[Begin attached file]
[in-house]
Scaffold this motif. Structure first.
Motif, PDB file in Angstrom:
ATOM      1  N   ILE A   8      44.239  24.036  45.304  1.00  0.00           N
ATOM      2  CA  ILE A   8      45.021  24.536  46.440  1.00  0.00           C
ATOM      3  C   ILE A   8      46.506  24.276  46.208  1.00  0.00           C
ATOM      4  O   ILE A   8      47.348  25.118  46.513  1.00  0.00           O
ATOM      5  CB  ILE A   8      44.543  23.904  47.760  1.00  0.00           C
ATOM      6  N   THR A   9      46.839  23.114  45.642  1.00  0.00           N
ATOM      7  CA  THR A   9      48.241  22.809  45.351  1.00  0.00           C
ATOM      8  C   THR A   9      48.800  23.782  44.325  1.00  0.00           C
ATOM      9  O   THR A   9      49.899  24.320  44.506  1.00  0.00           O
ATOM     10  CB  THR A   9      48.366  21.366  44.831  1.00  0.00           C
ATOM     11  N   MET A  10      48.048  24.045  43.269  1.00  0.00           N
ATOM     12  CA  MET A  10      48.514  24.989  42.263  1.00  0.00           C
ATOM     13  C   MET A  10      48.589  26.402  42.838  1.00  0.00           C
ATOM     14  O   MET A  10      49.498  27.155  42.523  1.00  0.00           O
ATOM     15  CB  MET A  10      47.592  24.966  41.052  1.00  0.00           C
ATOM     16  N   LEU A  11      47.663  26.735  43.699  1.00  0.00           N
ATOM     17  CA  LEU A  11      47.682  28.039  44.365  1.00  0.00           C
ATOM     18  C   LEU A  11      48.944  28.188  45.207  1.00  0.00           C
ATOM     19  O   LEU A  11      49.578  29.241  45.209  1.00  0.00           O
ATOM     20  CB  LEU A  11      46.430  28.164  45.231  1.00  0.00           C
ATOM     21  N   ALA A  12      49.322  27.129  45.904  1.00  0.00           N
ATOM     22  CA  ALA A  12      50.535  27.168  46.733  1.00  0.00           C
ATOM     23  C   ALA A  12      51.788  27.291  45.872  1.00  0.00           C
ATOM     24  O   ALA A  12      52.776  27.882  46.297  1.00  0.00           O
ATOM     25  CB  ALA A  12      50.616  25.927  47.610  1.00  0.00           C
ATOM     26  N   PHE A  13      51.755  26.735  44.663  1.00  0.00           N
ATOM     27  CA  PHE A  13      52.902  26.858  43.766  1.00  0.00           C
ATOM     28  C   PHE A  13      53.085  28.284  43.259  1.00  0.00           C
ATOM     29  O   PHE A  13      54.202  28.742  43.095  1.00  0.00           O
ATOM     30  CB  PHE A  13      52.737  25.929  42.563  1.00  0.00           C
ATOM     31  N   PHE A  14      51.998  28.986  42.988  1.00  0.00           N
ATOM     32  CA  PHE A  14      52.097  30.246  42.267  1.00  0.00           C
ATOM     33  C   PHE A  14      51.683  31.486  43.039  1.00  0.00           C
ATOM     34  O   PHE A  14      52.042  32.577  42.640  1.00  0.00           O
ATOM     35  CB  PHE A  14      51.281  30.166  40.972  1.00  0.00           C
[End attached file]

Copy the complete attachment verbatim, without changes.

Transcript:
[in-house]
Scaffold this motif. Structure first.
Motif, PDB file in Angstrom:
ATOM      1  N   ILE A   8      44.239  24.036  45.304  1.00  0.00           N
ATOM      2  CA  ILE A   8      45.021  24.536  46.440  1.00  0.00           C
ATOM      3  C   ILE A   8      46.506  24.276  46.208  1.00  0.00           C
ATOM      4  O   ILE A   8      47.348  25.118  46.513  1.00  0.00           O
ATOM      5  CB  ILE A   8      44.543  23.904  47.760  1.00  0.00           C
ATOM      6  N   THR A   9      46.839  23.114  45.642  1.00  0.00           N
ATOM      7  CA  THR A   9      48.241  22.809  45.351  1.00  0.00           C
ATOM      8  C   THR A   9      48.800  23.782  44.325  1.00  0.00           C
ATOM      9  O   THR A   9      49.899  24.320  44.506  1.00  0.00           O
ATOM     10  CB  THR A   9      48.366  21.366  44.831  1.00  0.00           C
ATOM     11  N   MET A  10      48.048  24.045  43.269  1.00  0.00           N
ATOM     12  CA  MET A  10      48.514  24.989  42.263  1.00  0.00           C
ATOM     13  C   MET A  10      48.589  26.402  42.838  1.00  0.00           C
ATOM     14  O   MET A  10      49.498  27.155  42.523  1.00  0.00           O
ATOM     15  CB  MET A  10      47.592  24.966  41.052  1.00  0.00           C
ATOM     16  N   LEU A  11      47.663  26.735  43.699  1.00  0.00           N
ATOM     17  CA  LEU A  11      47.682  28.039  44.365  1.00  0.00           C
ATOM     18  C   LEU A  11      48.944  28.188  45.207  1.00  0.00           C
ATOM     19  O   LEU A  11      49.578  29.241  45.209  1.00  0.00           O
ATOM     20  CB  LEU A  11      46.430  28.164  45.231  1.00  0.00           C
ATOM     21  N   ALA A  12      49.322  27.129  45.904  1.00  0.00           N
ATOM     22  CA  ALA A  12      50.535  27.168  46.733  1.00  0.00           C
ATOM     23  C   ALA A  12      51.788  27.291  45.872  1.00  0.00           C
ATOM     24  O   ALA A  12      52.776  27.882  46.297  1.00  0.00           O
ATOM     25  CB  ALA A  12      50.616  25.927  47.610  1.00  0.00           C
ATOM     26  N   PHE A  13      51.755  26.735  44.663  1.00  0.00           N
ATOM     27  CA  PHE A  13      52.902  26.858  43.766  1.00  0.00           C
ATOM     28  C   PHE A  13      53.085  28.284  43.259  1.00  0.00           C
ATOM     29  O   PHE A  13      54.202  28.742  43.095  1.00  0.00           O
ATOM     30  CB  PHE A  13      52.737  25.929  42.563  1.00  0.00           C
ATOM     31  N   PHE A  14      51.998  28.986  42.988  1.00  0.00           N
ATOM     32  CA  PHE A  14      52.097  30.246  42.267  1.00  0.00           C
ATOM     33  C   PHE A  14      51.683  31.486  43.039  1.00  0.00           C
ATOM     34  O   PHE A  14      52.042  32.577  42.640  1.00  0.00           O
ATOM     35  CB  PHE A  14      51.281  30.166  40.972  1.00  0.00           C